U.S.stocks closed higher on Thursday at August highs despite subpar economic data around the world, and after conciliatory remarks from Putin.» Read More
Sometimes the stocks that trade on hope lead only to despair. Investors in biotech companies Amgen (AMGN) and Dendreon (DNDN) suffered serious side effects this week as the FDA raised questions about the safety and effectiveness of their flagship drugs. Is there any hope for a sector that trades on hope?
The U.S. Supreme Court said it would not hear an appeal by drug maker Amgen that centers on how much leeway appeals courts should have in overruling the findings of lower courts in patent cases.
Stocks are looking for direction amid a flurry of takeover headlines this morning. Asian stocks were higher overnight on the back of Wall Street's Friday gains, but European markets are mostly weaker.
Stocks ended broadly higher after new economic data raised hopes of a Fed rate cut, and investors were quick to jump back into the market following recent declines. "I'm not surprised to see the market snap back," said Alec Young, market strategist at S&P Equity Research. "The market was kind of overbought -- it was an excellent opportunity for a shakeout."
Several investment banks slashed their ratings on Amgen shares following the disclosure that a U.S. advisory panel called for marketing restrictions on popular anemia drugs sold by Amgen and Johnson & Johnson.
M&A news and analyst actions were some of the catalysts behind the most actively traded stocks on Friday.
Stocks will take their direction from economic data today after yesterday's drenching from negative April chain store sales took the Dow down 147 points and bit 1.7% off the Nasdaq and 1.4% off the S&P 500. European markets are lower, following overnight weakness in Asian markets.
The guys go behind the headlines and give you their take on ... JetBlue's CEO being forced out ... the latest company to miss earnings over milk prices ... and more.
Stocks sold off across the board, and the Dow fell almost 150 points, after mixed economic data prompted investors to book gains. "A day like today was inevitable," said Michael Cuggino of Permanent Portfolio Funds. "I would caution investors not to get overly concerned based on today's (economic) statistics."
Shares of Amgen and Johnson & Johnson traded lower after a U.S. advisory panel called for marketing restrictions on the companies' popular anemia drugs.
While I'm watching the webcast of the FDA Advisory Committee Meeting on the anemia drugs (Amgen, Johnson & Johnson), I wanted to hop on my TV versus print soapbox one more time.As I posted yesterday, I had asked a Dendreon spokeswoman for an interview with CEO Dr. Mitchell Gold in the wake of the FDA sending the company an "approvable letter" for its prostate cancer treatment Provenge.
U.S. Food and Drug Administration staffers on Tuesday expressed continued caution over the use of anemia drugs sold by Amgen and Johnson & Johnson , according to an agency document released on Tuesday.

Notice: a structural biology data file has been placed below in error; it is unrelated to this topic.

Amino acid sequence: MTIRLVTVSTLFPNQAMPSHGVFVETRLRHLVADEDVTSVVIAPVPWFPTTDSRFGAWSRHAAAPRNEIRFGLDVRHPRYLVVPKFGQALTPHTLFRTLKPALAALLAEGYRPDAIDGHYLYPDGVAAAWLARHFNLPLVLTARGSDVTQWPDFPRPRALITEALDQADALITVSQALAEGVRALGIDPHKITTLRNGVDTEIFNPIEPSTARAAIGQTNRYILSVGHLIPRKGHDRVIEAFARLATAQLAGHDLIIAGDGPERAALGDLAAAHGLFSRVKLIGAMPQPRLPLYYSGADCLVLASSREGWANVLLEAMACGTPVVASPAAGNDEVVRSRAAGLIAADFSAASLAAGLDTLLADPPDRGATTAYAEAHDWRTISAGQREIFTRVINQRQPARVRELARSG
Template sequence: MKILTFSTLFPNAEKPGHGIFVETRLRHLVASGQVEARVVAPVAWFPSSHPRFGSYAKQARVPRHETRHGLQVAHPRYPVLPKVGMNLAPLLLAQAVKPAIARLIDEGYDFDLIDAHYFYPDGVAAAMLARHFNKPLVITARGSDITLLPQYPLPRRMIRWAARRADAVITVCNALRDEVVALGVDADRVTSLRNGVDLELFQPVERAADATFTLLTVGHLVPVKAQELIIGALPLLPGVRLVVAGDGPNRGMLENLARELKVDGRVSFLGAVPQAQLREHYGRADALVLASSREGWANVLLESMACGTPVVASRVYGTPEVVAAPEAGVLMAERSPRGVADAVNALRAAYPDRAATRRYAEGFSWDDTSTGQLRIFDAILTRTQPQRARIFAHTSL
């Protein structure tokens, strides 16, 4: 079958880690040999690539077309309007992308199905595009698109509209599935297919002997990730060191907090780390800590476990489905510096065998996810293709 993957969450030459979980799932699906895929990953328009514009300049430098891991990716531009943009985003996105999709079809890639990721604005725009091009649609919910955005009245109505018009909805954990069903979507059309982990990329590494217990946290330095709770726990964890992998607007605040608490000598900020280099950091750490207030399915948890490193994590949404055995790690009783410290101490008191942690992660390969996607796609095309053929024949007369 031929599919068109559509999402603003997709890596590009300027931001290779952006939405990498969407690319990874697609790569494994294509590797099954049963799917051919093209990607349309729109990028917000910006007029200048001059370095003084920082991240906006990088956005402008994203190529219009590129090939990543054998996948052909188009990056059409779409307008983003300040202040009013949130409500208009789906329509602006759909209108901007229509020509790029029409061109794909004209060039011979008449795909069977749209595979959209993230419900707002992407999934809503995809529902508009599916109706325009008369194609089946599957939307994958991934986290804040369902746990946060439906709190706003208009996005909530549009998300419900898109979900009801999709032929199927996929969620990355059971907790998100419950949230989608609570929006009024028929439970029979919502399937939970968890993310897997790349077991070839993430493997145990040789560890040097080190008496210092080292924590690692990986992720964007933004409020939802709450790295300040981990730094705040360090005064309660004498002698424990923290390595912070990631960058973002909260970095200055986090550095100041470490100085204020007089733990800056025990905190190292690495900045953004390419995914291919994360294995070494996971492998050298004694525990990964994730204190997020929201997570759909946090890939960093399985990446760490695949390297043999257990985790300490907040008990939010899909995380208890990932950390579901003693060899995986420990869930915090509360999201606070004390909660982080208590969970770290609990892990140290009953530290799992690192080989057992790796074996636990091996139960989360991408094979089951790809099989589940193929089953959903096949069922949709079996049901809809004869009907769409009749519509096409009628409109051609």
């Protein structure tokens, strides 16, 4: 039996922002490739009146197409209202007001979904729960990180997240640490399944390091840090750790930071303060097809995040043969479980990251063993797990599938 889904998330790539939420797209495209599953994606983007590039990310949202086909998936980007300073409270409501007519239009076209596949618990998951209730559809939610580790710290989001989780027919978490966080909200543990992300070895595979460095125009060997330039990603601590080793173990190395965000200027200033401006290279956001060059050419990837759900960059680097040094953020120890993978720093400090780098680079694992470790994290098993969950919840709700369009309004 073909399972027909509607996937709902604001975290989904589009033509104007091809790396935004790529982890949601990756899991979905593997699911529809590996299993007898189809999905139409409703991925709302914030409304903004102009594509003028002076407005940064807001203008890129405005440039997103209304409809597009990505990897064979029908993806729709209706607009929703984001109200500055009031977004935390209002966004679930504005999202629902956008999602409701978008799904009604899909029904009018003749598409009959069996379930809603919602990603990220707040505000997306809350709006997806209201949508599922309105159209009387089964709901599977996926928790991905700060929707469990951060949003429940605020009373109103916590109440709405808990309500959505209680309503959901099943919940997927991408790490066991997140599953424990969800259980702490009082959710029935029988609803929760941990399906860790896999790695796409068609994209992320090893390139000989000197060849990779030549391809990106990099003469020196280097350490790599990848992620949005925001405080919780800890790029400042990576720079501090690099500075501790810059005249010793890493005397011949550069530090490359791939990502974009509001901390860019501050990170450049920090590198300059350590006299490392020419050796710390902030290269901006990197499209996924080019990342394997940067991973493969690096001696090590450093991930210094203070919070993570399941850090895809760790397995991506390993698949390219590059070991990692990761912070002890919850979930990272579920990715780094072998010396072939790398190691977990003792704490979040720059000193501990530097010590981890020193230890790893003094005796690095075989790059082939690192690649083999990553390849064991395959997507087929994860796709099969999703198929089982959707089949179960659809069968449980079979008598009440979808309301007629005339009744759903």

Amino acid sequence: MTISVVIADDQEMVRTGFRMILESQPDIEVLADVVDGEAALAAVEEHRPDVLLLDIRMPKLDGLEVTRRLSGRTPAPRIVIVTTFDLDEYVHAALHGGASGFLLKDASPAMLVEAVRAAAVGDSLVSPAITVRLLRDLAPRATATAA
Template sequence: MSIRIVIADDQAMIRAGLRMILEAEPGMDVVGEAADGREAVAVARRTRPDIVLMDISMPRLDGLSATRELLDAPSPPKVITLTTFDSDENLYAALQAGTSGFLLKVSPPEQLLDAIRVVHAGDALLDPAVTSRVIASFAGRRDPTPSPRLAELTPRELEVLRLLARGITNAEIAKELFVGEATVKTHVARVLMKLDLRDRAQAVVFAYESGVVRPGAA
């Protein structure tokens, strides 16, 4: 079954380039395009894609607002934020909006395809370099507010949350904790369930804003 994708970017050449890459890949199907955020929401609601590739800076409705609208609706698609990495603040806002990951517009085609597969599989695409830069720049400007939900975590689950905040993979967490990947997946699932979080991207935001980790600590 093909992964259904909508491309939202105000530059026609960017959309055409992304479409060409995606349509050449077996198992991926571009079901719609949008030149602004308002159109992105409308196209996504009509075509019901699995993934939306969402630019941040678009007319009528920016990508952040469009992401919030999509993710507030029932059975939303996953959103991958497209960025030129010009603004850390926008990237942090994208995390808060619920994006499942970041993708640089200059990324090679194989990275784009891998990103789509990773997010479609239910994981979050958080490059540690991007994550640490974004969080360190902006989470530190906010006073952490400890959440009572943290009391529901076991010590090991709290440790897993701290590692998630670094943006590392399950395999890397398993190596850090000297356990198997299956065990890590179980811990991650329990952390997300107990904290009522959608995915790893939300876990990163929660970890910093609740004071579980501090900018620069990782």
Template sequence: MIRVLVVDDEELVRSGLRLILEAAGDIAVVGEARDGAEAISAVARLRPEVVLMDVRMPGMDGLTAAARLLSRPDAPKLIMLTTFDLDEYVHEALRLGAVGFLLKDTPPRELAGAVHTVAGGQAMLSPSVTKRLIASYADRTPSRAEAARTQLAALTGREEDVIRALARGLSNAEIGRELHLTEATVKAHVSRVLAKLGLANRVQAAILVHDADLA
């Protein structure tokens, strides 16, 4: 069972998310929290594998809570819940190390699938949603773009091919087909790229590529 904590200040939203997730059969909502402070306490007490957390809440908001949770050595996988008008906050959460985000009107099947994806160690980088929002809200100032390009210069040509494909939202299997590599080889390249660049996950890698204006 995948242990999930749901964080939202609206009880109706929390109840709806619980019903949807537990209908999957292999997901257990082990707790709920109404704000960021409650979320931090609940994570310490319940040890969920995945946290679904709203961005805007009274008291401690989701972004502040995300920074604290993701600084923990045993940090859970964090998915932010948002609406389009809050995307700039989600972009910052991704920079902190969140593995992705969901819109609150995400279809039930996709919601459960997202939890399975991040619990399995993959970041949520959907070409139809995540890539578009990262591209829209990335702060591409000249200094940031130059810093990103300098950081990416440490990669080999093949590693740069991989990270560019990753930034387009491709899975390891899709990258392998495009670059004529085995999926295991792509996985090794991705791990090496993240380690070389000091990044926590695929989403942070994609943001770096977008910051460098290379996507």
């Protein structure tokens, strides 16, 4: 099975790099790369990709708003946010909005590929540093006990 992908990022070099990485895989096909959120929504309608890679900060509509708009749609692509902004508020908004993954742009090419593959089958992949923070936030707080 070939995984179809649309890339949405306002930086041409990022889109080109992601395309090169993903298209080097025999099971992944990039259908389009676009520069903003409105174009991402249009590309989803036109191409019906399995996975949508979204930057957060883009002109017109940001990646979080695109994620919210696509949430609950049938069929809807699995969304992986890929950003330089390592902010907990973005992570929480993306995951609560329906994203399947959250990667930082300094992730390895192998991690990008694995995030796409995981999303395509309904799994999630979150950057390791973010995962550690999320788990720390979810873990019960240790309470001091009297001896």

Sears, Bank of New York, Amgen and more...Investing can be confusing. Luckily, Cramer has mapped out some road rules for all you Home Gamers trying to navigate the jungle that is Wall Street. Think of it as "Mad Money 101" –- some fundamental advice to keep in mind as you play the market. Whether you're a first time investor or a seasoned financier, it's always good to remember the basics.
Actor Jonathan Tucker maintains his lead and fellow actor Stephen Collins holds on to second. Stephen was by far the most active celeb Tuesday (trust me, putting in all those ticker symbols for him was NOT easy), but his purchases could give him the lead if they perform well on Wednesday. Meanwhile, James Cromwell holds on to 3rd place, but Ernie Hudson falls from 4th place to 5th.
Actor Jonathan Tucker holds on to the top spot with a total portfolio value of $1,168,185.00 up $6,310.00 or 0.54% from Friday's total. But the real big news came from fellow actor Ernie Hudson. He climbed from 9th place on Friday to 4th Monday with a total portfolio value of $1,079,649.52--up $48,701.76 or 4.72% from Friday's total. Ernie added $45,701.76 to his total on the sale of Arch Coal (ACI) which was up 4.43% Monday.
Amgen, the world's largest biotechnology company, reported higher first-quarter profit on Monday, driven by increased sales of its anemia and arthritis drugs. Excluding items, the Thousand Oaks, Calif.-based company earned $1.08 a share, matching analysts' average forecast of $1.08 a share, according to Thomson Financial.
Amgen fools us: One of my favorite exercises at the Breaking News Desk is to figure out whether something is news, and how it might move the stock involved. This morning, a headline moved regarding Amgen’s anemia drug Aranesp. I’m not a pharmaceutical expert -- that’s why we have reporter Mike Huckman -- but since it involved a very large company and a drug I’d actually heard of, we knew it was news. Here’s where it got interesting...
Shares of Amgen surged after the biotech giant said that its anemia drug Aranesp showed no difference in risk of death compared with a placebo in a closely watched study of the medicine in small-cell lung cancer patients.
Stocks closed mixed but the Dow Jones Industrial Average inched up to another record as investors awaited key quarterly reports after the bell. "You still have some pretty important earnings coming out that are going to set the tone," said Adam Tracy, director of listed trading at Thomas Weisel Partners.
Earnings blowouts and encouraging drug trials were some of the catalysts behind Thursday's most actively traded stocks.